With only 2/10s of a second separating the Harvard and Yale 2Vs at IRA, most expected the 2V contest to be tighter, but an inspired Yale 2V turned the burners on early, taking an open water lead in the first mile and not looking back, finishing with the day's biggest margin of almost 10 seconds over the three mile course.
The Yale 2V celebrated the win ebulliently, and in the context of the Harvard-Yale regatta, a Yale win is a pretty big deal; counting 2017, Yale has won the 2V at Harvard-Yale only 7 times in the last 30 years.
The 3V race was run first, in the best water of the day, with the Thames River doing its best impression of a millpond. The two crews traded moves early, before Yale pulled away after the mile mark to take the win by a length of open water.
Yale's Senior captain Rob Hurn, who missed the IRA with mono, raced in the Yale 3V, for all intents and purposes checking himself out of the hospital and into a boat for the regatta.
"There was no way I wasn't going to row in a boat today," said Hurn. "Even if I wasn't rowing, strap me to the bow. I had to cross that line one more time, especially against Harvard. I went to the doctor and they said that most of my functions - liver and spleen - were back to normal, so I could probably start easing into it. Easing into it, that was a few days ago. They probably weren't thinking two miles all out, but for me that's half the distance I rowed for the last three years, so that's easy to do."
Hurn acknowledged not being fully at 100% for the race, but that did not seem to matter. "I'm still feeling a little under the weather. It was a very tough race out there, and I can definitely feel the effects of not really rowing for the last few weeks, but it was great to share them with those guys, because no one in the boat, except for one of them, had beaten Harvard before."
Yale, the new Beasts of the East?
Amidst lower attendance and declining coverage of the Harvard-Yale regatta, what gets somewhat lost in the shuffle is that, for the first time in quite a while, the final collegiate rowing event on the calendar has once again become a matchup between two of the top crews in the nation, right down the varsity ranks. And the Yale heavyweights are at the top of that stack for now.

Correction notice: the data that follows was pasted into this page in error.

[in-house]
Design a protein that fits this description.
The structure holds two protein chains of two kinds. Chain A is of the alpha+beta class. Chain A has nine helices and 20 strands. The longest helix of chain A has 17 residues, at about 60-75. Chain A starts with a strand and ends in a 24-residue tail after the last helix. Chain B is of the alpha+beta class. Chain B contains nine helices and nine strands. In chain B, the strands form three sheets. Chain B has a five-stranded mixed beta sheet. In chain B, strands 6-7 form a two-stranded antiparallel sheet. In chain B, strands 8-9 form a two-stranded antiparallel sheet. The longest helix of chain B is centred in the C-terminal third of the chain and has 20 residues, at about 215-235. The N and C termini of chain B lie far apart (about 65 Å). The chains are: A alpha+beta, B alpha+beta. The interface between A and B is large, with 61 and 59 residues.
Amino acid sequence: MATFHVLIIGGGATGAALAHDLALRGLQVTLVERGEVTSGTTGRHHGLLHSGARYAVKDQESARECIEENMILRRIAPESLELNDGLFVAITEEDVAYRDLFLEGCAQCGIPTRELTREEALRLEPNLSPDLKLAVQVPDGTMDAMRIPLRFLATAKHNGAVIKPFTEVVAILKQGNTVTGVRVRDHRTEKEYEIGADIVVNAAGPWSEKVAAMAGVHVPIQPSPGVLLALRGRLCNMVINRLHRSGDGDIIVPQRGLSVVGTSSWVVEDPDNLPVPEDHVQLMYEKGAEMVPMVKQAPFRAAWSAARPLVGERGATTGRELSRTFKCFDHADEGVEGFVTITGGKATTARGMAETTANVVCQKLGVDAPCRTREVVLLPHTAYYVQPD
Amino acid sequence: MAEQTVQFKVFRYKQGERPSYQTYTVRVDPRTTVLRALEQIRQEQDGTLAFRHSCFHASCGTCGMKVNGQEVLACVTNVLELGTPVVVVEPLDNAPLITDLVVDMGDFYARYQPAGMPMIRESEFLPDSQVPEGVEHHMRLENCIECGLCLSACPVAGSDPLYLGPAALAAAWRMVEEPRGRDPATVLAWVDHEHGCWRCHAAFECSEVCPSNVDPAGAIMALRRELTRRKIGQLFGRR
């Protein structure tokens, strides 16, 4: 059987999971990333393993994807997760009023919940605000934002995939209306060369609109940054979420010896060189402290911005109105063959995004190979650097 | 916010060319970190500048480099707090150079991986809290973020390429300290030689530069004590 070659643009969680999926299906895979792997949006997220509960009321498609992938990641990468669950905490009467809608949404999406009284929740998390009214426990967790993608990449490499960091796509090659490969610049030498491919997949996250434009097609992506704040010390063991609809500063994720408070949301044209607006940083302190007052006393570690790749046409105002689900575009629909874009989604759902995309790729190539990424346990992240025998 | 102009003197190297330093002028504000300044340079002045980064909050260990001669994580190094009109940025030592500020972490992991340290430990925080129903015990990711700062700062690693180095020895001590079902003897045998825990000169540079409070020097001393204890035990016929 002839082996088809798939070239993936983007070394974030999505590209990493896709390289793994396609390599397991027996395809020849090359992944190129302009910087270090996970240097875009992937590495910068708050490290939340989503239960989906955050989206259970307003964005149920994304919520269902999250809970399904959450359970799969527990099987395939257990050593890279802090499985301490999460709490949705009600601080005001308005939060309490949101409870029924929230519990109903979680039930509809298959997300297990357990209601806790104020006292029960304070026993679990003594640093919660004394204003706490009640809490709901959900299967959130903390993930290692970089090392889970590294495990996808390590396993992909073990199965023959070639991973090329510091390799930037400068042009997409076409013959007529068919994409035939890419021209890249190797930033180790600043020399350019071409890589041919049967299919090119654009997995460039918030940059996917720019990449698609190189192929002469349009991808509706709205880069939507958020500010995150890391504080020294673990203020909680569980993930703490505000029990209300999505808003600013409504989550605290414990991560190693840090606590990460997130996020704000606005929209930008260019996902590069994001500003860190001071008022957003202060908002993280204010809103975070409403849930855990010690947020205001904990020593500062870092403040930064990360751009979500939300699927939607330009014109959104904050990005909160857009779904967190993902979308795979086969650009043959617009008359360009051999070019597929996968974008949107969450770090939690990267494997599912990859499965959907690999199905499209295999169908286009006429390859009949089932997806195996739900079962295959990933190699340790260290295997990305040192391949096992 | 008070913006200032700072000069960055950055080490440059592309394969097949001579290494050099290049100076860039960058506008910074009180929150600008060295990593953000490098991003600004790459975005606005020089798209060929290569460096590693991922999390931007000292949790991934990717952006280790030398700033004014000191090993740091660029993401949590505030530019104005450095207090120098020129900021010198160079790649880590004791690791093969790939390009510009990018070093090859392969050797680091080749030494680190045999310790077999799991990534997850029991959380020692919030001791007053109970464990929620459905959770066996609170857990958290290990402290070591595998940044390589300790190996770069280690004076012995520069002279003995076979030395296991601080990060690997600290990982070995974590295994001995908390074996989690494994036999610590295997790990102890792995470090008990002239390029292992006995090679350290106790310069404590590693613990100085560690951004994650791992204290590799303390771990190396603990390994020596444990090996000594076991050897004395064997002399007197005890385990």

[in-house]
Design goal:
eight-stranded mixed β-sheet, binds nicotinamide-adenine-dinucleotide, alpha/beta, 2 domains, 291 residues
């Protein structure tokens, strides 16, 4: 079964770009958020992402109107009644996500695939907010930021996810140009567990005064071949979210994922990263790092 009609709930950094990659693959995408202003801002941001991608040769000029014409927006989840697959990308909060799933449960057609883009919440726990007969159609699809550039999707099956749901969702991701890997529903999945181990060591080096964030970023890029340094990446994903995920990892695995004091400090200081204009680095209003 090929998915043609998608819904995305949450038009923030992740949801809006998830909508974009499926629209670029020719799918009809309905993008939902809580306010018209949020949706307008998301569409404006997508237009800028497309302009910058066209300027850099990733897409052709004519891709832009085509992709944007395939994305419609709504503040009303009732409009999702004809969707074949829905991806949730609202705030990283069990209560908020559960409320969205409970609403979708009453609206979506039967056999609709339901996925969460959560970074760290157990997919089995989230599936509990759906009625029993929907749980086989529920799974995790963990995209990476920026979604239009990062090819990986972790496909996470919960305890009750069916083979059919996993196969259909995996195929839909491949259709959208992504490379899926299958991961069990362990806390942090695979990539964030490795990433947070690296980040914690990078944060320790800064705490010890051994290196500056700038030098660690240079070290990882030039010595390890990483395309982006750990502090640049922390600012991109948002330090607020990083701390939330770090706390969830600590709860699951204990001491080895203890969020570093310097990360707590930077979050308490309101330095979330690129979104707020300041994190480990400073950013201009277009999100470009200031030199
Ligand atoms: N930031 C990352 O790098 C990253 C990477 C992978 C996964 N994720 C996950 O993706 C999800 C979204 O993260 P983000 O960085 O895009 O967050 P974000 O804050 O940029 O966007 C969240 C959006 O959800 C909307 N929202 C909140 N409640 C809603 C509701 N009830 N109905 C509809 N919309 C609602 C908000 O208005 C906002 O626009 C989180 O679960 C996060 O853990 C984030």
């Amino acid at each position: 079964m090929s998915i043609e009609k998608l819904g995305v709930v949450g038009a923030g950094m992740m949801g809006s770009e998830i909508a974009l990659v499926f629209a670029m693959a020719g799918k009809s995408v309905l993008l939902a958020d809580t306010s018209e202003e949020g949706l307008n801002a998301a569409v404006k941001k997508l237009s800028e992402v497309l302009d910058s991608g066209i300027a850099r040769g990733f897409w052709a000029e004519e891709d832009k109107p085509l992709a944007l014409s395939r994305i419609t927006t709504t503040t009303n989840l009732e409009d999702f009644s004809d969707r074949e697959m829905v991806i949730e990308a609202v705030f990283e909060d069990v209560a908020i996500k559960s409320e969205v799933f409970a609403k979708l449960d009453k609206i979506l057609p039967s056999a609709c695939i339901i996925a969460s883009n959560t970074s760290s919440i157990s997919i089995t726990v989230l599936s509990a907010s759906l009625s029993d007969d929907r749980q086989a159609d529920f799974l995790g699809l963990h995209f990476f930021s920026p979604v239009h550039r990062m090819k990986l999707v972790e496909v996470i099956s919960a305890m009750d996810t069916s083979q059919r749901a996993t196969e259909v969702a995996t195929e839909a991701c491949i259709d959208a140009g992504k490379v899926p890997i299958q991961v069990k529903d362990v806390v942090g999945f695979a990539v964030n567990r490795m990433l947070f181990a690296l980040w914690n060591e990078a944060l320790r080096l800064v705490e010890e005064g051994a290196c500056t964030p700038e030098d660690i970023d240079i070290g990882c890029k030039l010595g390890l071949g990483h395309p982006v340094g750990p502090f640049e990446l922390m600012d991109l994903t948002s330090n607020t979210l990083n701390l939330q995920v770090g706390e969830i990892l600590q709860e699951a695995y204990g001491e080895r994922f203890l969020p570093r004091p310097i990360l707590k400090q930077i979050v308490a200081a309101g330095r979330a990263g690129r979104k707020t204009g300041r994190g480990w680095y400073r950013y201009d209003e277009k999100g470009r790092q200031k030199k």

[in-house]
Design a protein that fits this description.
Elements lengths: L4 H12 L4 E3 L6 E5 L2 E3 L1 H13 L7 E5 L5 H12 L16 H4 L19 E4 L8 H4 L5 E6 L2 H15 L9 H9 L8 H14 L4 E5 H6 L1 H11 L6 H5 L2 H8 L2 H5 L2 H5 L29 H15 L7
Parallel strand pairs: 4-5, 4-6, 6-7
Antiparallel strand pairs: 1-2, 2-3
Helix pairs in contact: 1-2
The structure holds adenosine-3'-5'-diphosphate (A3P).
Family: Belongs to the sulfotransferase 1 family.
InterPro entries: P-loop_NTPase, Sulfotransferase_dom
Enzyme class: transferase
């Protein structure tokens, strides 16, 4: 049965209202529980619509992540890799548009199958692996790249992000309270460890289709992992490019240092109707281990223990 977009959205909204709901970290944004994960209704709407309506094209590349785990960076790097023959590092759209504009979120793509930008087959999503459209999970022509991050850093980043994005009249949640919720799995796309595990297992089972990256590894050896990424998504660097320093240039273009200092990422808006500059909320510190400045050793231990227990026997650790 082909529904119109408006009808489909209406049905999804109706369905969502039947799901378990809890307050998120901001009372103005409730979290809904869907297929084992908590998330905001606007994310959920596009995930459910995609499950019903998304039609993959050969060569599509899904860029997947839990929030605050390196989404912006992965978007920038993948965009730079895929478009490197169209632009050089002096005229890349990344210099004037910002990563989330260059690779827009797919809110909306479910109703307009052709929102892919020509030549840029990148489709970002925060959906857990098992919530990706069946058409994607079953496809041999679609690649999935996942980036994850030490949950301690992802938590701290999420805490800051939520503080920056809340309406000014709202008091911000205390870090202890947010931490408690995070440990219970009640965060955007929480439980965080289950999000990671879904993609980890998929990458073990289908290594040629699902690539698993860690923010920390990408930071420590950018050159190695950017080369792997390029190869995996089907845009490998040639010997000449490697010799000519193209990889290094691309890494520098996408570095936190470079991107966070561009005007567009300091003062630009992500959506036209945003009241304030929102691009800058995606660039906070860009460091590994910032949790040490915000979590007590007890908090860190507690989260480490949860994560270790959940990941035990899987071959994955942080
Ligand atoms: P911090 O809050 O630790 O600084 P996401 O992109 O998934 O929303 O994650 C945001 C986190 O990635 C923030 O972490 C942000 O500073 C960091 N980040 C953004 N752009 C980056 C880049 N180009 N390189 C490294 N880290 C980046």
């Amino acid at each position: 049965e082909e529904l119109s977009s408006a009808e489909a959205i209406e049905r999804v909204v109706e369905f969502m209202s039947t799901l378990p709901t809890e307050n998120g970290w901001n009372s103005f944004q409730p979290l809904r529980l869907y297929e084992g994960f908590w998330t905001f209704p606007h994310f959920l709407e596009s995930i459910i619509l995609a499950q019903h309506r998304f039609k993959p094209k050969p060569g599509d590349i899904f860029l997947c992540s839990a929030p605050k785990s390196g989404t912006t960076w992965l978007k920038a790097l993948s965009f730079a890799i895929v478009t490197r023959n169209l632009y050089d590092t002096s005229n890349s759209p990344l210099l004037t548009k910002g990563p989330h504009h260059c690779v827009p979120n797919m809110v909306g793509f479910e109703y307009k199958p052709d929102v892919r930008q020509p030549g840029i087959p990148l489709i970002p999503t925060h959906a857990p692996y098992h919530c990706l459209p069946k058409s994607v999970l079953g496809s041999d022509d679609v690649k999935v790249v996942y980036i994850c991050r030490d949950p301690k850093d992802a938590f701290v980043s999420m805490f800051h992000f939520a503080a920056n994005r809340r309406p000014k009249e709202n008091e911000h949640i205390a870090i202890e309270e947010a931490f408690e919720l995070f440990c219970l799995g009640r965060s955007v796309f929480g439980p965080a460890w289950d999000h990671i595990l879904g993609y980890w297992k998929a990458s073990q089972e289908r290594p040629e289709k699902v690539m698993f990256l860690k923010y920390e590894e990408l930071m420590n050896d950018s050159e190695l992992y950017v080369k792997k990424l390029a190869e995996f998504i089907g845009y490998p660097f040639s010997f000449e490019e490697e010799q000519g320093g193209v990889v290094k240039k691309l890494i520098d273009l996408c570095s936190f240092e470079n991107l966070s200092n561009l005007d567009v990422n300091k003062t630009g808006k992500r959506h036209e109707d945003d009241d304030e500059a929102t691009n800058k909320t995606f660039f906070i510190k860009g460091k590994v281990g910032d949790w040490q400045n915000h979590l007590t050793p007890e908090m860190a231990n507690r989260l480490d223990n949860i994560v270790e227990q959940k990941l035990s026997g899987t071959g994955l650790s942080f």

"It's hard work," Hurn said. "It's been a long road, always two steps forward one step back it seems. But every year the attitude from top to bottom has been so much better. This year, to have three boats with such high quality, it makes me proud just to go watch them do what they're doing, and see how much they're learning and enjoy doing it. Because I think that passion they have for the sport is something that's just developed over the last few years and has been really key."
Goodman echoed the sentiment. "I think it's a byproduct of how we work. We were excited, we race how we train. The whole year, I think towards the four miler, but really, I have to do all I can to make sure I can stay in varsity, because the four starboards in the JV would love to have my seat and they're ready to run. The day to day competition in the squad is what really draws us forward, and that's reflected in the results."
"When I came here from Cal, my first couple of years were hardly distinguished," said Yale's head coach Steve Gladstone. "You have to have people of the right mindset that are willing to suspend disbelief and move forward, and have a passion for the sport. One always articulates the virtues that are necessary to succeed. That being said you have to have susceptible people that will buy into that way of thinking.
"There's a saying, in no way are races won on race day, it's preparation," Gladstone continued. "So the key is the preparation that they've made over time, and if you want to call it the stubbornness makes for great results. And I don't mean it simplistically...some of them are very, very, very stubborn."